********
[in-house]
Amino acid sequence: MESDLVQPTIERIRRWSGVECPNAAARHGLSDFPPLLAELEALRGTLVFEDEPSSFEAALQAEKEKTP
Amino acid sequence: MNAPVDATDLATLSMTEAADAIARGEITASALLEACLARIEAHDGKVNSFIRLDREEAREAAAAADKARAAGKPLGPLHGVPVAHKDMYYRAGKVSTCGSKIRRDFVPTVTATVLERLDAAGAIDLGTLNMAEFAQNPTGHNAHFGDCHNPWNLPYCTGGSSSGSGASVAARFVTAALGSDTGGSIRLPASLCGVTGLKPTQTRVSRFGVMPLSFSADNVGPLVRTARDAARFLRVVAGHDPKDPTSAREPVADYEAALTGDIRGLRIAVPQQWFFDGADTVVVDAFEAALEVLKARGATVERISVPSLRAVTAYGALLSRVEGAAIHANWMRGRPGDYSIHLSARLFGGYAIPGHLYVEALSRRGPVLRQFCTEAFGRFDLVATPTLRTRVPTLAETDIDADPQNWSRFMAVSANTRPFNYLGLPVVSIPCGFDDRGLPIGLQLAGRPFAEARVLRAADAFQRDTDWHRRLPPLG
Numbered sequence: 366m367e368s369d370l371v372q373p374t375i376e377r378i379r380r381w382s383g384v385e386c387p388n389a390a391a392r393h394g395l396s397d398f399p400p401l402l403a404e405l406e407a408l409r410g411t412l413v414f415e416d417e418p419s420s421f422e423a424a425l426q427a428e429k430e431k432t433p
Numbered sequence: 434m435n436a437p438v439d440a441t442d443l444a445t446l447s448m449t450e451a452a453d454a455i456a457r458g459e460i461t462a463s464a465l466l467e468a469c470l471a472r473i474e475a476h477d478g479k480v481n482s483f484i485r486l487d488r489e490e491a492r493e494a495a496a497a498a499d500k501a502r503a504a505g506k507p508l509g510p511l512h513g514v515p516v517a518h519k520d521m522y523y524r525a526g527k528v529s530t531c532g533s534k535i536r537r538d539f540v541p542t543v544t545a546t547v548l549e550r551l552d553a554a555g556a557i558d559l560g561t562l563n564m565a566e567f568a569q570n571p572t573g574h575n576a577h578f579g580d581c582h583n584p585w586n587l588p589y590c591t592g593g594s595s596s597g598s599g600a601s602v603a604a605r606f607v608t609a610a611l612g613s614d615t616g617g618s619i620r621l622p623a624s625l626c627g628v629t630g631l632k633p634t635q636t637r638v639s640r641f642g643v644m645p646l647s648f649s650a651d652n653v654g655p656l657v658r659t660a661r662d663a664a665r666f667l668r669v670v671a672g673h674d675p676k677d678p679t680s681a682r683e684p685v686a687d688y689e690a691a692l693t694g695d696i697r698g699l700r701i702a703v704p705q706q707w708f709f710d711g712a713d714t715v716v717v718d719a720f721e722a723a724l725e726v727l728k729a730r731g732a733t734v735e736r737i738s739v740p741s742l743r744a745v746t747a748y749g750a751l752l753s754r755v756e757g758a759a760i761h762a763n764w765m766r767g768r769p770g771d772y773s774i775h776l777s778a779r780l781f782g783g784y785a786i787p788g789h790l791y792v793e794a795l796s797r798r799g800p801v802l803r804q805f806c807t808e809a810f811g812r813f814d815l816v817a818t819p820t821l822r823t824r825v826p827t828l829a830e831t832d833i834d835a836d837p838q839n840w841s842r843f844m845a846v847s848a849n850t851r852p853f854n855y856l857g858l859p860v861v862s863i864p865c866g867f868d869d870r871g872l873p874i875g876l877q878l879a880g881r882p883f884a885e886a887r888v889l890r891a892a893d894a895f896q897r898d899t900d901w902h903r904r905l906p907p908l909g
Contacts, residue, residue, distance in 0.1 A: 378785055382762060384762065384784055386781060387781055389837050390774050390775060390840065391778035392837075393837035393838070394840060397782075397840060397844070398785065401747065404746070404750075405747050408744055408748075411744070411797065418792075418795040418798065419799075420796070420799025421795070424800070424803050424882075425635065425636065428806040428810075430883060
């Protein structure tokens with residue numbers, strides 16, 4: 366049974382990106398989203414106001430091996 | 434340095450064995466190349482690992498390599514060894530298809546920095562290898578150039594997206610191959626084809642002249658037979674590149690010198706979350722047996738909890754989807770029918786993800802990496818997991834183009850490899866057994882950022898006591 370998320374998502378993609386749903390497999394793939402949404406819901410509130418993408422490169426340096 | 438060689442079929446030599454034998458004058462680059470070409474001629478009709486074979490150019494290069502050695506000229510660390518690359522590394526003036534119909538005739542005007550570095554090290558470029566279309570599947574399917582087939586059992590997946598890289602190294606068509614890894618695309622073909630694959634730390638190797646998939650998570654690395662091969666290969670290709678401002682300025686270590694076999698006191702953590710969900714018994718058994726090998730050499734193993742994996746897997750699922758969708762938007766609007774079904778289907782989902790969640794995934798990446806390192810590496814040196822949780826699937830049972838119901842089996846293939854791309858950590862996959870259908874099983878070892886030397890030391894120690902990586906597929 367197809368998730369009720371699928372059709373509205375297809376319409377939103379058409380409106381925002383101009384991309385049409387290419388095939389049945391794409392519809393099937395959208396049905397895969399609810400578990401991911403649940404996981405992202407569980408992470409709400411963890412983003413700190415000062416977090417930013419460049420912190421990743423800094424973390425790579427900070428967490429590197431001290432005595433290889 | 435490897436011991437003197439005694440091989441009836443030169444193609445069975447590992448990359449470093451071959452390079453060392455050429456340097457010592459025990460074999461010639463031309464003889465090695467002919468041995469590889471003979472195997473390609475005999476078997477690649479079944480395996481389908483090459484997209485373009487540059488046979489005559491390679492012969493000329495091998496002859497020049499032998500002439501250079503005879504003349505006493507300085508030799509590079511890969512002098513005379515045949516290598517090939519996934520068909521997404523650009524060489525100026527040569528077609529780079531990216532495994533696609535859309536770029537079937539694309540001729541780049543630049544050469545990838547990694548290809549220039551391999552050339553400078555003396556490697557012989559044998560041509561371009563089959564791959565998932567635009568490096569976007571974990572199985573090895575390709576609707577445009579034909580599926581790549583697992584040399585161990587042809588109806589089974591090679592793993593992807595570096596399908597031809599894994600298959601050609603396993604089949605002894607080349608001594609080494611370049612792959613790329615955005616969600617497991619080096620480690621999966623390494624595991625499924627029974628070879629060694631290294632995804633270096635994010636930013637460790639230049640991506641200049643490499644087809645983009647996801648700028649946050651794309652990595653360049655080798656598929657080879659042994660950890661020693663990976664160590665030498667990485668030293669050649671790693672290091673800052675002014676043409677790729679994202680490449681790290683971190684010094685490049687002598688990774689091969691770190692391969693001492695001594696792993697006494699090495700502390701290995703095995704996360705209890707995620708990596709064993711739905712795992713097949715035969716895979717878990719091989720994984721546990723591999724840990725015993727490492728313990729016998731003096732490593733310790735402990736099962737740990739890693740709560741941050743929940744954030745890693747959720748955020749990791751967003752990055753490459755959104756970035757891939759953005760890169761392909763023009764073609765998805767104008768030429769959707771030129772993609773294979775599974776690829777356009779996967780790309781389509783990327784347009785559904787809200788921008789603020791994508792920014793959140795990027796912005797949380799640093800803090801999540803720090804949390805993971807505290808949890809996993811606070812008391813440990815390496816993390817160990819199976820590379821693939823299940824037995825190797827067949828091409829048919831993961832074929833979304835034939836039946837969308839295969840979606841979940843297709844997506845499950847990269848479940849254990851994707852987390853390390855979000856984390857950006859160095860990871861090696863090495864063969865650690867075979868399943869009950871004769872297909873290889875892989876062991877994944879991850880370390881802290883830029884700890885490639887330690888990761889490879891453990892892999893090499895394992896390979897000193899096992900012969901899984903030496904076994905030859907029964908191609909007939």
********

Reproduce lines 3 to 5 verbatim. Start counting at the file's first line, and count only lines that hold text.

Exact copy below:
Amino acid sequence: MNAPVDATDLATLSMTEAADAIARGEITASALLEACLARIEAHDGKVNSFIRLDREEAREAAAAADKARAAGKPLGPLHGVPVAHKDMYYRAGKVSTCGSKIRRDFVPTVTATVLERLDAAGAIDLGTLNMAEFAQNPTGHNAHFGDCHNPWNLPYCTGGSSSGSGASVAARFVTAALGSDTGGSIRLPASLCGVTGLKPTQTRVSRFGVMPLSFSADNVGPLVRTARDAARFLRVVAGHDPKDPTSAREPVADYEAALTGDIRGLRIAVPQQWFFDGADTVVVDAFEAALEVLKARGATVERISVPSLRAVTAYGALLSRVEGAAIHANWMRGRPGDYSIHLSARLFGGYAIPGHLYVEALSRRGPVLRQFCTEAFGRFDLVATPTLRTRVPTLAETDIDADPQNWSRFMAVSANTRPFNYLGLPVVSIPCGFDDRGLPIGLQLAGRPFAEARVLRAADAFQRDTDWHRRLPPLG
Numbered sequence: 366m367e368s369d370l371v372q373p374t375i376e377r378i379r380r381w382s383g384v385e386c387p388n389a390a391a392r393h394g395l396s397d398f399p400p401l402l403a404e405l406e407a408l409r410g411t412l413v414f415e416d417e418p419s420s421f422e423a424a425l426q427a428e429k430e431k432t433p
Numbered sequence: 434m435n436a437p438v439d440a441t442d443l444a445t446l447s448m449t450e451a452a453d454a455i456a457r458g459e460i461t462a463s464a465l466l467e468a469c470l471a472r473i474e475a476h477d478g479k480v481n482s483f484i485r486l487d488r489e490e491a492r493e494a495a496a497a498a499d500k501a502r503a504a505g506k507p508l509g510p511l512h513g514v515p516v517a518h519k520d521m522y523y524r525a526g527k528v529s530t531c532g533s534k535i536r537r538d539f540v541p542t543v544t545a546t547v548l549e550r551l552d553a554a555g556a557i558d559l560g561t562l563n564m565a566e567f568a569q570n571p572t573g574h575n576a577h578f579g580d581c582h583n584p585w586n587l588p589y590c591t592g593g594s595s596s597g598s599g600a601s602v603a604a605r606f607v608t609a610a611l612g613s614d615t616g617g618s619i620r621l622p623a624s625l626c627g628v629t630g631l632k633p634t635q636t637r638v639s640r641f642g643v644m645p646l647s648f649s650a651d652n653v654g655p656l657v658r659t660a661r662d663a664a665r666f667l668r669v670v671a672g673h674d675p676k677d678p679t680s681a682r683e684p685v686a687d688y689e690a691a692l693t694g695d696i697r698g699l700r701i702a703v704p705q706q707w708f709f710d711g712a713d714t715v716v717v718d719a720f721e722a723a724l725e726v727l728k729a730r731g732a733t734v735e736r737i738s739v740p741s742l743r744a745v746t747a748y749g750a751l752l753s754r755v756e757g758a759a760i761h762a763n764w765m766r767g768r769p770g771d772y773s774i775h776l777s778a779r780l781f782g783g784y785a786i787p788g789h790l791y792v793e794a795l796s797r798r799g800p801v802l803r804q805f806c807t808e809a810f811g812r813f814d815l816v817a818t819p820t821l822r823t824r825v826p827t828l829a830e831t832d833i834d835a836d837p838q839n840w841s842r843f844m845a846v847s848a849n850t851r852p853f854n855y856l857g858l859p860v861v862s863i864p865c866g867f868d869d870r871g872l873p874i875g876l877q878l879a880g881r882p883f884a885e886a887r888v889l890r891a892a893d894a895f896q897r898d899t900d901w902h903r904r905l906p907p908l909g